What does this ruling imply? It more or less means the end of mutual trust in EU Asylum Law. Transferring states should not just presume that other member states comply with their international obligations. When an issue arises under Art. 3 ECHR, they are obliged to apply the “sovereignty clause”. This concern was already reflected in the 2008 Commission Proposal for a new regulation replacing Dublin II, which provides a procedure to suspend transfers to member states which do not comply with the Reception Conditions Directive and the Asylum Procedures Directive. This proposal, which has been amended by the European Parliament and now awaits consideration by the Council, however fails to remedy a principal defect of the original regulation: richer Western European member states will continue to shift their responsibility to overburdened Southern European member states. A system which primary focus lies on the “outsourcing” of asylum seekers, rather than on the concern to provide sufficient international protection, is inherently at odds with human rights.
Reception Conditions Directive
A second interesting aspect of the judgment from the viewpoint of EU Asylum Law is the applicant’s complaint about his living circumstances in Greece. The Court first of all made clear that Art. 3 ECHR does not contain a general obligation to provide asylum seekers with a home or with financial assistance. However because asylum seekers are a particularly underprivileged and vulnerable population group in need of special protection (see Lourdes’ post) and because the Reception Conditions Directive (Directive 2003/9/EC) entails to obligation to provide accommodation and decent material conditions to impoverished asylum seekers, the Court ruled that Greece had violated Art. 3. By attributing decisive power to the obligations under the Reception Conditions Directive, the Court strengthens the impact of this instrument. When a state fails to comply with the Reception Conditions Directive, an asylum seeker can invoke a subjective right to receive assistance under Art. 3 ECHR.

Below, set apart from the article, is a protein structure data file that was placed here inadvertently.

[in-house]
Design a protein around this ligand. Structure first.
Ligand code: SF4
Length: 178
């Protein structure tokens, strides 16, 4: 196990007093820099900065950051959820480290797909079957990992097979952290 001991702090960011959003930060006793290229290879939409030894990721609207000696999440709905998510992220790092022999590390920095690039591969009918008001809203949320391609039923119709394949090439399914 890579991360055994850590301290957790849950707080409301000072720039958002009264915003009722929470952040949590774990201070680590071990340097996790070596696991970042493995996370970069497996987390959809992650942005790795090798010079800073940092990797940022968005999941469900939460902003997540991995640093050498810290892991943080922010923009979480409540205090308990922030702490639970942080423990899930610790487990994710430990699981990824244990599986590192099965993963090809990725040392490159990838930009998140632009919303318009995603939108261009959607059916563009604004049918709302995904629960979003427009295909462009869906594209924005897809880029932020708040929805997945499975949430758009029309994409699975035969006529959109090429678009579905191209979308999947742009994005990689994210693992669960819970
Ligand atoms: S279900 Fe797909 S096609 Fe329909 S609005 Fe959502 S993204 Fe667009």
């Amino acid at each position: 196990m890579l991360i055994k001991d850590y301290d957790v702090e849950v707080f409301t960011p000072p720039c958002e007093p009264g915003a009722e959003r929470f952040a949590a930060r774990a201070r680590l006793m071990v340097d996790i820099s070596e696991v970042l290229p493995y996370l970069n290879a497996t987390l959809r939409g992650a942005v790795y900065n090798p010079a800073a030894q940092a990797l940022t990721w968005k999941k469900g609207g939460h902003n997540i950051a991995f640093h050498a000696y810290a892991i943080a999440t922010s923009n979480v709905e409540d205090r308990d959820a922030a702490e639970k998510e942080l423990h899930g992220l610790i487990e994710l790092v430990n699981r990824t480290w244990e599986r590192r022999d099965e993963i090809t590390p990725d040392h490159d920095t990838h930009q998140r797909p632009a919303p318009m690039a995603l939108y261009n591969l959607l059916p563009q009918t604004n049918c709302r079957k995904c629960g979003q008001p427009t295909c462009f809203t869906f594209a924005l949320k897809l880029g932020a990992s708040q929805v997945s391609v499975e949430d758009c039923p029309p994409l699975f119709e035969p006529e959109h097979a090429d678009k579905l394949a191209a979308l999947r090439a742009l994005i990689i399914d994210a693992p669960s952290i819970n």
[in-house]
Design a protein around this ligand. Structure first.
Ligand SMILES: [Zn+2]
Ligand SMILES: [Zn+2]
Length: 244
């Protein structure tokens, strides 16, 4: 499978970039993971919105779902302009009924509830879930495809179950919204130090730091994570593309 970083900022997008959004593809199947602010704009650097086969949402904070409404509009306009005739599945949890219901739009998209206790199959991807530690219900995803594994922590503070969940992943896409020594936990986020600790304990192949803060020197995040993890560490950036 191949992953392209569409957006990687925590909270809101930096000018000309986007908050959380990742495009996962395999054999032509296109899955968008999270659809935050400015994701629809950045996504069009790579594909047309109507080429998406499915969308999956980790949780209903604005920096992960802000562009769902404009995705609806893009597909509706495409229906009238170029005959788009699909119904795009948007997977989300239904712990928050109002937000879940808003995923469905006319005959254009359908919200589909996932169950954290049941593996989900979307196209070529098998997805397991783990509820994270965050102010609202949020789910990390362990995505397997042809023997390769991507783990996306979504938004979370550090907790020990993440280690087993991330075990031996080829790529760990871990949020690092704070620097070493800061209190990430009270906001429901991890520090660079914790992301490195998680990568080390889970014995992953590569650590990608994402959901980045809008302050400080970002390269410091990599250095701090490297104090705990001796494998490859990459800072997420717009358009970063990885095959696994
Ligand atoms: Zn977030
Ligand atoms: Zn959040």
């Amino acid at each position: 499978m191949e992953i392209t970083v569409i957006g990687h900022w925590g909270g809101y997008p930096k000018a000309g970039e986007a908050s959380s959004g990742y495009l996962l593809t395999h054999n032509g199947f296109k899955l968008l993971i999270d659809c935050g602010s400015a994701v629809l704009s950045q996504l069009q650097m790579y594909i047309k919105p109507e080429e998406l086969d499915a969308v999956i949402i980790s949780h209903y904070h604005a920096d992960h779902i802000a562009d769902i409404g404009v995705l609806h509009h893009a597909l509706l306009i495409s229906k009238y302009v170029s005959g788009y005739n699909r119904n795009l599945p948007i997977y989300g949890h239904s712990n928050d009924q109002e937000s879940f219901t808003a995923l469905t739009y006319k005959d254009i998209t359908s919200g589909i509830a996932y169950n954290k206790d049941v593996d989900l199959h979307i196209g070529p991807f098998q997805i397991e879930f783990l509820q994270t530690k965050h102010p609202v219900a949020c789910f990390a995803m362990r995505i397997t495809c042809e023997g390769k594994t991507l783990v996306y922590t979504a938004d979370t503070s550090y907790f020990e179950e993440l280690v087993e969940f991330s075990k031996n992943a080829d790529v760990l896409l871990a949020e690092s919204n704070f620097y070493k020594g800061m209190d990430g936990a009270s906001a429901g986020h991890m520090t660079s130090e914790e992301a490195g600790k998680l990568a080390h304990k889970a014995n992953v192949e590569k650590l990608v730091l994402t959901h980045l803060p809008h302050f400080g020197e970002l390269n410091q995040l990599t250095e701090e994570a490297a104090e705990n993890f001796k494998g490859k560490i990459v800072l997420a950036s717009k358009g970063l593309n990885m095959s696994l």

Although this ruling has far-reaching socio-economic consequences, the restrictive approach adopted by the Court is regrettable. The Court did everything to avoid creating socio-economic sub-rights under Art. 3 ECHR. It’s strange that in doing so, the Court introduces a legality test in the Art. 3 analysis. This approach is understandable in Art. 8 cases – for example in cases where a government fails to enforce its own environmental legislation (e.g. the recent case of Dées v. Hungary (2010)) – because Art. 8 ECHR explicitly requires an interference to be “in accordance with the law”. Legality arguments are however alien to Art. 3, all that is required to find a violation of this provision is whether the threshold (“the minimum level of severity”) was reached. Therefore there is no real reason why this ruling should be limited only to asylum seekers and not to other underprivileged and vulnerable persons. One could argue that a state is under a positive obligation to provide a minimum of shelter and assistance – or at least to take steps in this direction – and that abandoning people to eventually die on the streets violates Art. 3 ECHR.
*Laurens Lavrysen works as a teaching assistant / Ph.D researcher at the Human Rights Centre of Ghent University. His research interest lies in the theory of positive obligations under the European Convention on Human Rights.